Sets are custom fields that define a subset of data based on some conditions. A set can be based on a computed condition, for example, a set may contain customers with sales over a certain threshold. Computed sets update as your data changes. Alternatively, a set can be based on specific data point in your view. You can use sets to compare and ask questions about a subset of data. For example, in a scatter plot showing product sales, you may select the products with the most sales and add them to a set. You may then create another set that contains the products with the highest return rates. With these two sets you can ask questions like "What percent of my total sales is from high returned products?" Or you may go further and compare the two sets to each other to create a new set that contains only high sales products that are also returned frequently.
Tableau displays sets at the bottom of the Data window and labels them with the set icon .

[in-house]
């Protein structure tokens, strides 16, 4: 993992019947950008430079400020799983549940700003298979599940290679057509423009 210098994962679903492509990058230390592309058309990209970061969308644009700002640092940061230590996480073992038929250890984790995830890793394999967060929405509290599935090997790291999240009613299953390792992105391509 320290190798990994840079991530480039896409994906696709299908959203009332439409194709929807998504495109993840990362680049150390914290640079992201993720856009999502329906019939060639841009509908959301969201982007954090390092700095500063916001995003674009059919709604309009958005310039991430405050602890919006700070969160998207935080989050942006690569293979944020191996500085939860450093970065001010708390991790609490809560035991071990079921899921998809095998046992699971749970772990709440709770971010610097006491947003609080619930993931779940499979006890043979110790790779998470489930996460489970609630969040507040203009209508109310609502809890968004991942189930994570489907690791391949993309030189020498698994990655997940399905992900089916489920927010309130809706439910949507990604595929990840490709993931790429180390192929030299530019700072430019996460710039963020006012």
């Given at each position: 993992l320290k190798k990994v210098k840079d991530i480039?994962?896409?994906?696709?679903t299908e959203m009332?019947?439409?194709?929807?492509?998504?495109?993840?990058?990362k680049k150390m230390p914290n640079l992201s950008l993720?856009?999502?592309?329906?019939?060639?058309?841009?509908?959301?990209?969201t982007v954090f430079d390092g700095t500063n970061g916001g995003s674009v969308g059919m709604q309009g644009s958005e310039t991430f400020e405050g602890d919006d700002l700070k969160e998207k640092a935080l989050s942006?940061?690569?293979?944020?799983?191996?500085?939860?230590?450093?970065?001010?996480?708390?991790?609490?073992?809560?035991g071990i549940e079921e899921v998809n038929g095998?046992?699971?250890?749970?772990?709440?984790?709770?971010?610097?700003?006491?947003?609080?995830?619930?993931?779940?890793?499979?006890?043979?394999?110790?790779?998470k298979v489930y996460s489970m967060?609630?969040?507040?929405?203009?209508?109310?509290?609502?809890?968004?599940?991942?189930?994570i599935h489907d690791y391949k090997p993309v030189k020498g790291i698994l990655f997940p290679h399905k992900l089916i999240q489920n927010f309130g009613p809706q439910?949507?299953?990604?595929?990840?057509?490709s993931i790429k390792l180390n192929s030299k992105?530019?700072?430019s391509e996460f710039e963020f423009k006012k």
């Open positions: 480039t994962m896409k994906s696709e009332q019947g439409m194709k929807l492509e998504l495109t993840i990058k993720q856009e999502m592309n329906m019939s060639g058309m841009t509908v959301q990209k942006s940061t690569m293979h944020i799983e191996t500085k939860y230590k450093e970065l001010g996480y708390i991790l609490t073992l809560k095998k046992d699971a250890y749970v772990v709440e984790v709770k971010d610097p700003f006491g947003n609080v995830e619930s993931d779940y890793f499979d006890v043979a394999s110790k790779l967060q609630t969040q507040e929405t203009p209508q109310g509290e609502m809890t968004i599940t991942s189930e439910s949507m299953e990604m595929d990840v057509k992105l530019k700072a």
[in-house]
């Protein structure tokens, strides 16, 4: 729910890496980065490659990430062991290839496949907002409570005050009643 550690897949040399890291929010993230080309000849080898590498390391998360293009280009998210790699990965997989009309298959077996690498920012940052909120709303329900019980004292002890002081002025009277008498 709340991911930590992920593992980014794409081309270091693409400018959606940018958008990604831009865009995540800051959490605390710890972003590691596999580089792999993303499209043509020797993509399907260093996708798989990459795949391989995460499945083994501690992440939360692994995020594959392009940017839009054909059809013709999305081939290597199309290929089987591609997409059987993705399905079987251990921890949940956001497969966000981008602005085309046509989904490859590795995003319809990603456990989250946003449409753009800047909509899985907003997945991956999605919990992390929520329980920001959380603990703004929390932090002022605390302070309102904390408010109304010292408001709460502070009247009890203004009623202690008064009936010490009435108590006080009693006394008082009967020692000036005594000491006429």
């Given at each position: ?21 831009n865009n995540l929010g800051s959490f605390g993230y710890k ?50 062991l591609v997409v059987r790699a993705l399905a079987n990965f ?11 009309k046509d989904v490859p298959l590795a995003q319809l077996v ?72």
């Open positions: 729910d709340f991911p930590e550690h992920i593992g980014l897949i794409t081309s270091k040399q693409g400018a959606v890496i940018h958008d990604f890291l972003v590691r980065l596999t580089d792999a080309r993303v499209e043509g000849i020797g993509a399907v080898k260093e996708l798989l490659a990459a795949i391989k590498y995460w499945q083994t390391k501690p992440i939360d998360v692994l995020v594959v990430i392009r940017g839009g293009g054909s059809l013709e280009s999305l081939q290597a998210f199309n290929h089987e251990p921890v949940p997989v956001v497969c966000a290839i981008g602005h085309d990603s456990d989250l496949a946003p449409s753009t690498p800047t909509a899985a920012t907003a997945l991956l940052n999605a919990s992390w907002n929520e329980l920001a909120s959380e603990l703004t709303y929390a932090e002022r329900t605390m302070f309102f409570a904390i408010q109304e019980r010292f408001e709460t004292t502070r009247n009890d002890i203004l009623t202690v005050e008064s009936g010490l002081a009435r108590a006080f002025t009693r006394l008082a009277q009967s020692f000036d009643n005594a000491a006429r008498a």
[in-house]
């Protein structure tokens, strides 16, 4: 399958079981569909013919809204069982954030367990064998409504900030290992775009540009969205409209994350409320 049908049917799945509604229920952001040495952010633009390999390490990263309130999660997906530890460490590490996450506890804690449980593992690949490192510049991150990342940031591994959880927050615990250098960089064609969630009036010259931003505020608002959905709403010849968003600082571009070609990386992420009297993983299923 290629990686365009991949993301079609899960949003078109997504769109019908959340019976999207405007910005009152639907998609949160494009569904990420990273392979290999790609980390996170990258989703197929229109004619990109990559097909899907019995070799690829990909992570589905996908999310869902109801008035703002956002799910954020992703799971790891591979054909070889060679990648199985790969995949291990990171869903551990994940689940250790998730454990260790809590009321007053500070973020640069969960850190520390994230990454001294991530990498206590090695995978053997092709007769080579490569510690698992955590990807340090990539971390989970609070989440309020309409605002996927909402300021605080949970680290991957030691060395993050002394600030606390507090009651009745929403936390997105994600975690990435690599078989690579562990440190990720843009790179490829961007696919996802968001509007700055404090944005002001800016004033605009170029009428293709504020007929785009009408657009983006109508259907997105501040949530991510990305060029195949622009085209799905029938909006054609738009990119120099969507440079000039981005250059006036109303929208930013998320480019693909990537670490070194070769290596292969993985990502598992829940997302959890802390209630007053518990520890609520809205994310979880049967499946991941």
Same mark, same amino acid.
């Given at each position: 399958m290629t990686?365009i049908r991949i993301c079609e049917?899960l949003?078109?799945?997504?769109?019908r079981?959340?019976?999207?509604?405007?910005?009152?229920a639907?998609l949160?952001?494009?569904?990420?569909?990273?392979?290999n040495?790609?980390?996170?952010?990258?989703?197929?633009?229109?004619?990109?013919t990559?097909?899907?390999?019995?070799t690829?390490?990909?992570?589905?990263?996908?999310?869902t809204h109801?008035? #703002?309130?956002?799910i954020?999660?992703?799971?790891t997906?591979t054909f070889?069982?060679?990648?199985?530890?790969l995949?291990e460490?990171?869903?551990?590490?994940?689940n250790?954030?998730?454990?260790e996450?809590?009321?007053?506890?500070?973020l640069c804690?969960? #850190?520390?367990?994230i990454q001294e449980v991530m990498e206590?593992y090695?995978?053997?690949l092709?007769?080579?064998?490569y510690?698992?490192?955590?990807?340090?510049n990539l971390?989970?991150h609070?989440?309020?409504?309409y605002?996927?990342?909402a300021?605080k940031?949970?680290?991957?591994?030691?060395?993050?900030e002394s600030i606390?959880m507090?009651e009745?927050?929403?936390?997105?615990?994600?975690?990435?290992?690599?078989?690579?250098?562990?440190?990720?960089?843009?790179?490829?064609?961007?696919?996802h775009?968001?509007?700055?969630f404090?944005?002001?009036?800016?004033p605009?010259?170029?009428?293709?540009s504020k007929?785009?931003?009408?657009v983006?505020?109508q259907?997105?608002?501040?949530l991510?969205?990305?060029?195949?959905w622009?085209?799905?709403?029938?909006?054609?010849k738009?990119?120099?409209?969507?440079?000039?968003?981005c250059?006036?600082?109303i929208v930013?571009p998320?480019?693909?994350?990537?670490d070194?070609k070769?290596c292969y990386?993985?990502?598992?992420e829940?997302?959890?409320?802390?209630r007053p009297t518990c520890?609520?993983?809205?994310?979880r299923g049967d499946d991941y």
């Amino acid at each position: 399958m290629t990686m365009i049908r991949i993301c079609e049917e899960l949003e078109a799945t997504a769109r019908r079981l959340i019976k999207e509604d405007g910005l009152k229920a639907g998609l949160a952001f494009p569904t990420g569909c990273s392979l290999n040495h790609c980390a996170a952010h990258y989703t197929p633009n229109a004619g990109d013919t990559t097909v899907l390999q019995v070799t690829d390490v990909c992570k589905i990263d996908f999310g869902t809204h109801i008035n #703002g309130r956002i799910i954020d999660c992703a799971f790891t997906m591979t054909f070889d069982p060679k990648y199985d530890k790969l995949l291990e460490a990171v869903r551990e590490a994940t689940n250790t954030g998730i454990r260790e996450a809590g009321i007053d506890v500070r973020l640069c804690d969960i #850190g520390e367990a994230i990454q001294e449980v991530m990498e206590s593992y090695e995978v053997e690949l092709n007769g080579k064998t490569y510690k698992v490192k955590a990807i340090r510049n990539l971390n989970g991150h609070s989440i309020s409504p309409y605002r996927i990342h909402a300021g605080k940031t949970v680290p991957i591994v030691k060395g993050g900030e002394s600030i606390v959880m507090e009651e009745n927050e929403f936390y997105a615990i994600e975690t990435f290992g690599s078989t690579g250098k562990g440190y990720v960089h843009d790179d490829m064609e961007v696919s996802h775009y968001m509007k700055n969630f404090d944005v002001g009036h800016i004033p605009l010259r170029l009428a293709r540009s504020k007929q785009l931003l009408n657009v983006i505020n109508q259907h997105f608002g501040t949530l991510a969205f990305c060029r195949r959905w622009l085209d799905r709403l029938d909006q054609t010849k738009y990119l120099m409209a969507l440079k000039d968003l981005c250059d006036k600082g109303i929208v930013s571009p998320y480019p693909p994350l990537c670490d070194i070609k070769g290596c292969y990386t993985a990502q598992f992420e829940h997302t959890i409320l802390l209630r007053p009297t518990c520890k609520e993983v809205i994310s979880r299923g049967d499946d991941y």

When you drag a set to the view, you can choose to aggregate the members using In/Out mode or to list all of the individual members of the set. See Using Sets to learn more about these modes.
If you are connected to a multidimensional data source, you may see additional sets that were created in your data source. These sets are also listed in the Sets area of the Data window but are indicated with the server named set icon . A server named set can be used in the same way as any other sets you create in Tableau.
Sets can be automatically generated as a result of an action. These sets are indicated by the action set icon . See Actions.
Finally, when working with workbooks connected to Tableau Server or Tableau Online, User Filters display in the Sets area of the Data window using the user filter set icon user. See User Filtering.
If you are connected to a relational data source, creating a set that is based on a continuous date field will use the exact dates instead.
  1. Creating a Set
  2. Using Sets
  3. Combining Sets
  4. Examples of Sets